32. Outline • C operators, operands • Variables in Assembly: Registers • Comments in Assembly • Addition and Subtraction in Assembly • Memory Access in Assembly 指令

  33. Assembly Operands: Memory • C variables map onto registers; what about large data structures like arrays? • 1 of 5 components of a computer: memory contains such data structures • But MIPS arithmetic instructions only operate on registers, never directly on memory. • Data transfer instructions transfer data between registers and memory: • Memory to register: load • Register to memory: store

  34. MIPS CPU Floating point

  35. Data Transfer: Memory to Reg (1/4) • To transfer a word of data, we need to specify two things: • Register: specify this by number (0 - 31) • Memory address: more difficult • Think of memory as a single one-dimensional array, so we can address it simply by supplying a pointer to a memory address. • Other times, we want to be able to offset from this pointer.

  36. Recall: C pointer • How to access C variables through pointers? #include <stdio.h> main() { char str[]=“Hello, World!”; char a; a = *str; a = *(str+1); } … str H e l l o , W str+1 …

  37. Data Transfer: Memory to Reg (2/4) • To specify a memory address to copy from, specify two things: • A register which contains a pointer to memory • A numerical offset (in bytes) • The desired memory address is the sum of these two values. • Example: 8($t0) • specifies the memory address pointed to by the value in $t0, plus 8 bytes

  38. Memory access: 8($t0) Pointer $t0 (register) Offset 8 (constant) Start of an array 8 (constant) Offset $t0 (register)

  39. Data Transfer: Memory to Reg (3/4) • Load Instruction Syntax: 1 2,3(4) • where 1) operation name 2) register that will receive value 3) numerical offset in bytes 4) register containing pointer to memory • Instruction Name: • lw (meaning Load Word, so 32 bits(4 bytes) or one word are loaded at a time) Example: lw $t0,12($s0)

  40. Example: load word # hello.s .globl main main: .data str: .asciiz "Hello, World!" .text addi $gp, 0x7fff lw $t0, 0x1($gp) “orld” “o, W” “Hell” 10010000 H $gp=10008000H 10000000 H Static data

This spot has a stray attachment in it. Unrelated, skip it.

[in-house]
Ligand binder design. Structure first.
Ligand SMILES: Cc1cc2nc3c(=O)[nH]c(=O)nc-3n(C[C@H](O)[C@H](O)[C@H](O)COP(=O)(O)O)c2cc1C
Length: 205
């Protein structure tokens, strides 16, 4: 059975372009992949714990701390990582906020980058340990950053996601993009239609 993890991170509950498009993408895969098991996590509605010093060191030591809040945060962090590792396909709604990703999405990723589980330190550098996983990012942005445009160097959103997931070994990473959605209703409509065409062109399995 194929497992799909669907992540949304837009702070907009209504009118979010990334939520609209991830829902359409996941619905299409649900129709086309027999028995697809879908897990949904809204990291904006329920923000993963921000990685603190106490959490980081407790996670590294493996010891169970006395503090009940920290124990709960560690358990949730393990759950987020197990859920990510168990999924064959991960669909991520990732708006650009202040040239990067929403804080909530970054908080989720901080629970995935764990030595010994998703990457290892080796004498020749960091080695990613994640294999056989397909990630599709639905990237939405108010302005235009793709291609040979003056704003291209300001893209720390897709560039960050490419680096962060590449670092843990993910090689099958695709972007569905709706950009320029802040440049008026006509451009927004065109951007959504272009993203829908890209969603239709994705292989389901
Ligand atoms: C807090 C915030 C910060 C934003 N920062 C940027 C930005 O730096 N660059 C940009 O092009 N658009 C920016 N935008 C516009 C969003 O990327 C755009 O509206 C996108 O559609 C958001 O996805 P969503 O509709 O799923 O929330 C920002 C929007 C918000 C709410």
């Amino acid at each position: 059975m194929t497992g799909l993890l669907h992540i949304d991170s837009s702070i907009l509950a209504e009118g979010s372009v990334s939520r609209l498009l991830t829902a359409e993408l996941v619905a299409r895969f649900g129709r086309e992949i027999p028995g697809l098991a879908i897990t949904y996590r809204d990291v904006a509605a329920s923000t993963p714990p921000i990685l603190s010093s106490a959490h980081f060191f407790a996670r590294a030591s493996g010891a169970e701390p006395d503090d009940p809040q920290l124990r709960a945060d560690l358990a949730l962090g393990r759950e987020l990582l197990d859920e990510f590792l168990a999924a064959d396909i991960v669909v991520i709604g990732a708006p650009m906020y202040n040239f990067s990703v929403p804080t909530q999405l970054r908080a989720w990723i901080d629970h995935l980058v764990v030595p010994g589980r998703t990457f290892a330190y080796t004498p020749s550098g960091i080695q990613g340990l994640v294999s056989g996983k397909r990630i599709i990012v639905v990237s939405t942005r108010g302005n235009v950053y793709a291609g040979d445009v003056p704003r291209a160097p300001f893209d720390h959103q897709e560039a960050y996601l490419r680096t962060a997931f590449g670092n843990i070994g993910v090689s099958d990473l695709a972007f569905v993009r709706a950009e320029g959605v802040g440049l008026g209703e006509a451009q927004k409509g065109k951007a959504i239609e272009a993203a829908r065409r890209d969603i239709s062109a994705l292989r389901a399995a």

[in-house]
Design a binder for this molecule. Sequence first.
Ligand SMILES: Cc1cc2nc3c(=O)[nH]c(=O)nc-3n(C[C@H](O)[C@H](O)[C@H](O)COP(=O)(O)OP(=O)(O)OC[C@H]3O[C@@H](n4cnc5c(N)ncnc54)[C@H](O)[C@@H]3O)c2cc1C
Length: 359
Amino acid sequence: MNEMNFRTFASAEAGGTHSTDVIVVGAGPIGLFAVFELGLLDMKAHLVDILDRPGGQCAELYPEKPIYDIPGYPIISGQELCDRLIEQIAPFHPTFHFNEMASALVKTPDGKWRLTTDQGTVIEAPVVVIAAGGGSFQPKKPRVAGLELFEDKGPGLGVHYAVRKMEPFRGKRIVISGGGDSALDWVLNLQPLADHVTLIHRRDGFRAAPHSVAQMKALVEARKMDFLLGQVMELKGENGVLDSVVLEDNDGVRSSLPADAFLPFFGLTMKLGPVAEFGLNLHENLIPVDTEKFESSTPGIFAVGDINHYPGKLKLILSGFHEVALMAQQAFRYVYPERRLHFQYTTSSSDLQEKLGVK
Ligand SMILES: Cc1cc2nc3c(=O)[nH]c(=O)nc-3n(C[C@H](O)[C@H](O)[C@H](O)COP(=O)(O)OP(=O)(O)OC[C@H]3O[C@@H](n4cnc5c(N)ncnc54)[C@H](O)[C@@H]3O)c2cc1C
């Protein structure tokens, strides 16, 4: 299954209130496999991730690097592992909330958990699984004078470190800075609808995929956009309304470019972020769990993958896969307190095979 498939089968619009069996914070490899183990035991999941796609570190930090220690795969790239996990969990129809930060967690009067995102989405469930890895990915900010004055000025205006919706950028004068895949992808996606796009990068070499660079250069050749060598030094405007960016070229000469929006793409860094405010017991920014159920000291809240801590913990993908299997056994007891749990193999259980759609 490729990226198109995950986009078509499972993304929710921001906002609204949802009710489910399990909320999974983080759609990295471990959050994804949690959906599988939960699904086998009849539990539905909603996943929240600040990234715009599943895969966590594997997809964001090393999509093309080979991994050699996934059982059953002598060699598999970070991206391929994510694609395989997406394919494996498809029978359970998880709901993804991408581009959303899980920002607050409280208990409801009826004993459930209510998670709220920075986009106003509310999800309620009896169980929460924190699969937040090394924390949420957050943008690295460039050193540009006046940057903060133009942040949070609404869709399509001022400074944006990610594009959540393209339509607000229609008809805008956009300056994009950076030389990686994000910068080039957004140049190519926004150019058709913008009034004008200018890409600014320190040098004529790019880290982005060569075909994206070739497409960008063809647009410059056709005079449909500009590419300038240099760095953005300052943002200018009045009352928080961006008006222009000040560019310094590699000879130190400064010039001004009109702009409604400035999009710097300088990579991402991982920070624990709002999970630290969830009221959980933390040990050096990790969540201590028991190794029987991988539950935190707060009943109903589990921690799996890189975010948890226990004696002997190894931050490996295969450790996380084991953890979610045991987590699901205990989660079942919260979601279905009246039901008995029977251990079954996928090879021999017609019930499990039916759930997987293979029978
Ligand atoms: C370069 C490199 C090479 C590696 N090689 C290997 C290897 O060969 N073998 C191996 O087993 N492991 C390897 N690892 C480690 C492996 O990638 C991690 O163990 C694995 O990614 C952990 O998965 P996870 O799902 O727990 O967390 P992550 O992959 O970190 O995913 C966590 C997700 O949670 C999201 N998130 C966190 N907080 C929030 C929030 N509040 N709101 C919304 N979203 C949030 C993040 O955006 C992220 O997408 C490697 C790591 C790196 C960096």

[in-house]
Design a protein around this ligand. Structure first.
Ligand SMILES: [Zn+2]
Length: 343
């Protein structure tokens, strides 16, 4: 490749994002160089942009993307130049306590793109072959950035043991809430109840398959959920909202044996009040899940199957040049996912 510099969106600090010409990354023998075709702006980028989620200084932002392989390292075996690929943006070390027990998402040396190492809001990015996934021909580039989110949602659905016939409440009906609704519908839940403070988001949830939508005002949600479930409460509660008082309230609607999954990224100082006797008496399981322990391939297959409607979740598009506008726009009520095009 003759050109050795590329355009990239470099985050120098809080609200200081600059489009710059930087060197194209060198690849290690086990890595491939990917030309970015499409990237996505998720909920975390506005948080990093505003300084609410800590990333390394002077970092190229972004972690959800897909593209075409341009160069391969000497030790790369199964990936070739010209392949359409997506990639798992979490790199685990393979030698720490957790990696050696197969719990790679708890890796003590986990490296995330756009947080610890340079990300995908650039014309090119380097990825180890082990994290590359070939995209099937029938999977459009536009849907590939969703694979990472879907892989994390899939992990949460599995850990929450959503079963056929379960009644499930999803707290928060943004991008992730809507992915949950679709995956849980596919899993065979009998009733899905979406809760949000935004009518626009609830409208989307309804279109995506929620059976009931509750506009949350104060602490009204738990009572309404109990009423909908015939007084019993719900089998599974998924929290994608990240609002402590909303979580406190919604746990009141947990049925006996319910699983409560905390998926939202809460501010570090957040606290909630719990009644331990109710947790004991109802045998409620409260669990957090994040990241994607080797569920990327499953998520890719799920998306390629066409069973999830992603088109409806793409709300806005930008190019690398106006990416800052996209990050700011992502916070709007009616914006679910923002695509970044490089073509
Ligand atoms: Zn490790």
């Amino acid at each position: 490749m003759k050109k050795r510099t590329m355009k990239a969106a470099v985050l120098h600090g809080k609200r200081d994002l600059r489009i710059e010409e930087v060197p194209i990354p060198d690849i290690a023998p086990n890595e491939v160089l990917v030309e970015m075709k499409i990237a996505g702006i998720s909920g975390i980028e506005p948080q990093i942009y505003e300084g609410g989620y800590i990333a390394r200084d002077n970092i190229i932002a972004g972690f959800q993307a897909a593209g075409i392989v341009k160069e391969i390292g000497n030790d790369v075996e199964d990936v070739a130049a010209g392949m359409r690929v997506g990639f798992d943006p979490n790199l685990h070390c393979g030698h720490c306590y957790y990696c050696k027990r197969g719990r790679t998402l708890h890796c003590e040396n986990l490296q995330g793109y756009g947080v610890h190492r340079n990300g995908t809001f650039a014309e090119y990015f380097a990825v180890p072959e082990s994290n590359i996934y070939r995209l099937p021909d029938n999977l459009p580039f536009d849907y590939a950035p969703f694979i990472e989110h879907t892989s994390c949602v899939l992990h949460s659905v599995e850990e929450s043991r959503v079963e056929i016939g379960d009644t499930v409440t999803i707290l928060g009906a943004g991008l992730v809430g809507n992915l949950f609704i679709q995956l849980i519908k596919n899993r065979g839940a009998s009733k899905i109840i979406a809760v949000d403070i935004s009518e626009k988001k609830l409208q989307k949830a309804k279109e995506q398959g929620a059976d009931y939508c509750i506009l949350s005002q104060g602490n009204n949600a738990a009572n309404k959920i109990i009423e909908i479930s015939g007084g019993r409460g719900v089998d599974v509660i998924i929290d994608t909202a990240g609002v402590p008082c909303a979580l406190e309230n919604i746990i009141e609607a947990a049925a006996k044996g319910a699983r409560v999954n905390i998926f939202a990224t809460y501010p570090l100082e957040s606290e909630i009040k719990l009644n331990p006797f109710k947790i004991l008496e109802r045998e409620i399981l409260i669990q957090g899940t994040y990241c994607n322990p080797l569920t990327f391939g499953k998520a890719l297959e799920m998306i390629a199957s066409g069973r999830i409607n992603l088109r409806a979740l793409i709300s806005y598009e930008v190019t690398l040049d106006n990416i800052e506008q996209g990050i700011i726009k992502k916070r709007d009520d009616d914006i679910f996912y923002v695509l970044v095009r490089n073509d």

41. Example: load word

  42. Data Transfer: Reg to Memory (1/2) • Also want to store value from a register into memory • Store instruction syntax is identical to Load instruction syntax • Instruction Name: sw (meaning Store Word, so 32 bits or one word are loaded at a time)

  43. MIPS CPU store Floating point load

  44. Data Transfer: Reg to Memory (2/2) • Example: sw $t0,12($s0) This instruction will take the pointer in $s0, add 12 bytes to it, and then store the value from register $t0 into the memory address pointed to by the calculated sum

  45. Pointers v.s. Values • Key Concept: A register can hold any 32-bit value.(typeless) • That value can be a (signed) int, an unsigned int, a pointer (memory address), etc. • If you write add $t2,$t1,$t0 then $t0 and $t1 better contain values • If you write lw $t2,0($t0) then $t0 better contain a pointer • Don’t mix these up!

  46. Called the “address” of a word Addressing: Byte vs. Word • Every word in memory has an address, similar to an index in an array • Early computers numbered words like C numbers elements of an array: • Memory[0], Memory[1], Memory[2], … ? • Computers needed to access 8-bit bytes as well as words (4 bytes/word) • Today machines address memory as bytes, hence word addresses differ by 4 • Memory[0], Memory[4], Memory[8], …

  47. C: word address => assembly: byte address • What offset in lw to select A[8] in C? • A is a 4-byte type (ex. long int) • Compile by hand using registers:g = h + A[8]; • g: $s1, h: $s2, $s3:base address of A • 4x8=32 bytes offset to select A[8] • 1st transfer from memory to register: lw $t0,32($s3) # $t0 gets A[8] add $s1,$s2,$t0 # $s1 = h+A[8]

  48. 0 1 2 3 Aligned Not Aligned More Notes about Memory: Alignment • MIPS requires that all words start at addresses that are multiples of 4 bytes • Called Alignment: objects must fall on address that is multiple of their size.

  49. Role of Registers vs. Memory • What if more variables than registers? • Compiler tries to keep most frequently used variable in registers • Why not keep all variables in memory? • Smaller is faster:registers are faster than memory • Registers more versatile: • MIPS arithmetic instructions can read 2, operate on them, and write 1 per instruction • MIPS data transfer only read or write 1 operand per instruction, and no operation